Recent years has seen a marked increase in the number of books on the grace of God, growing from a few to a number of offerings. For many like me, this trend has been deeply encouraging as I was concerned the Church was becoming far too focused on “lists” and pragmatic formulas to accomplish spiritual and church growth. While this renewed focus on grace is very promising, there is a subtle danger to all of this talk about grace. That danger is the potential treatment of the grace of God as something common rather than something amazing. Since evangelicals have a fascination with the “latest fad”, we desperately need to understand how the grace of God provides the ground upon which we stand in and grow in Christ. Thankfully such an approach is provided in Barbara Dugid’s Extravagant Grace God’s Glory Displayed In Our Weakness
Growing up and being involved in the Church since I was a child has afforded me the opportunity to see many Christians who represent Christ well, and some who did not. Sadly, I’ve been on both sides of that equation. Why is that Christians struggle so much with sin? Why doesn’t the Lord just free us from our sin and grant us perfect holiness? While there are some who promote the idea that perfect holiness can be attained in this life, Barbara Dugid, rightly and wisely following the Scriptures, rejects such a notion. As noted by Martin Luther, Christians are “saints and sinners”. We are saints because our sins are forgiven giving us a new nature and a new status as sons and daughters of God. Yet, we often fail in the pursuit of cultivating holiness because we fail to appropriate who we are in Christ. While we are saints, we are still sinners because despite being given a new identity, we have not yet been glorified. Dugid utilizes the works of John Newton to help us think through God’s purpose for our failure and guilt and to help us adjust our expectations of ourselves. In doing so, she lays out the Gospel and the truth of God’s Word in a fresh, honest, emphatic, and candid manner. As she relays her personal story, she does so with a view focused on Christ and his work in her life.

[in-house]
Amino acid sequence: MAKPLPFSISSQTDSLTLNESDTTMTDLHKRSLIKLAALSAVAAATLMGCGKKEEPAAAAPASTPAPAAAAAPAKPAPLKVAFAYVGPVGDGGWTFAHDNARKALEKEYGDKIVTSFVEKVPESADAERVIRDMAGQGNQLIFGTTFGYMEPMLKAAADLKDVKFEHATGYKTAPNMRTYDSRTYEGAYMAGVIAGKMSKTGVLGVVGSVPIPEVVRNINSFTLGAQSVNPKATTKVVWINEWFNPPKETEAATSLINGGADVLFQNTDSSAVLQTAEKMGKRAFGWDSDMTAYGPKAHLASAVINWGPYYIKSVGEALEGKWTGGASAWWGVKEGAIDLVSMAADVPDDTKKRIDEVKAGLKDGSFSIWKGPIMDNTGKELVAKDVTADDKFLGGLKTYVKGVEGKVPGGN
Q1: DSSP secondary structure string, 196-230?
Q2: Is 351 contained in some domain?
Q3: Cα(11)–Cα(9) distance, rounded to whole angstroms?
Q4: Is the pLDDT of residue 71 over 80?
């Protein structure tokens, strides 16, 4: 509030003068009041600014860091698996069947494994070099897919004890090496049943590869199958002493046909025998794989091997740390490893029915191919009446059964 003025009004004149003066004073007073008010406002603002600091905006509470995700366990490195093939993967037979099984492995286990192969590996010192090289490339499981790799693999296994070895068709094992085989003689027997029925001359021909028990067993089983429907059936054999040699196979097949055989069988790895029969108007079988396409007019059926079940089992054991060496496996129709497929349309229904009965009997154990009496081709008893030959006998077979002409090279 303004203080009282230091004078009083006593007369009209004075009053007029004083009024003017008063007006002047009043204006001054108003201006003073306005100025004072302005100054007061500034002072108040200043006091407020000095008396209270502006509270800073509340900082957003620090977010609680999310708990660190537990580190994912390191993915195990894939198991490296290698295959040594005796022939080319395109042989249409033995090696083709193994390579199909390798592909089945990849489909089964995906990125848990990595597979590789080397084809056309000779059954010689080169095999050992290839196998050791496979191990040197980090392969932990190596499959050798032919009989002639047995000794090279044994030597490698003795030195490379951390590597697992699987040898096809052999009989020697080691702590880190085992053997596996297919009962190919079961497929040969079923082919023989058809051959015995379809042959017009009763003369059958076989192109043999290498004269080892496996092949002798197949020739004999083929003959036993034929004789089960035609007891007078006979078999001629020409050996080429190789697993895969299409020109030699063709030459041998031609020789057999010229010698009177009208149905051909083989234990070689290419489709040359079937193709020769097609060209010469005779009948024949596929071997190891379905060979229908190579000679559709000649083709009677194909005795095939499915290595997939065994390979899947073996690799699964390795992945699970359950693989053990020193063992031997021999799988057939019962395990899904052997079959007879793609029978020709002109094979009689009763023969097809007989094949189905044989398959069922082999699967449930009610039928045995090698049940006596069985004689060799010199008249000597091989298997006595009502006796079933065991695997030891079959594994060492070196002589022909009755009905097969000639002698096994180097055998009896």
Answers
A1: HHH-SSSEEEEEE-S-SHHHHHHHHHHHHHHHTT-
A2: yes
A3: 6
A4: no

In high school I struggled with understanding who I was and thus struggled mightily with depression and discouragement. During this time, I was consumed by a focus to perform for God rather than to rest in God and allow a vision for His gospel and glory to take root and grow within my heart and life. In my experience in the church, many Christians are just like I was, lives consumed with the pursuits of life instead of on what God is doing in and through them. This is precisely why Barbara’s new book Extravangant Grace God’s Glory Displayed In Our Weakness is such good news.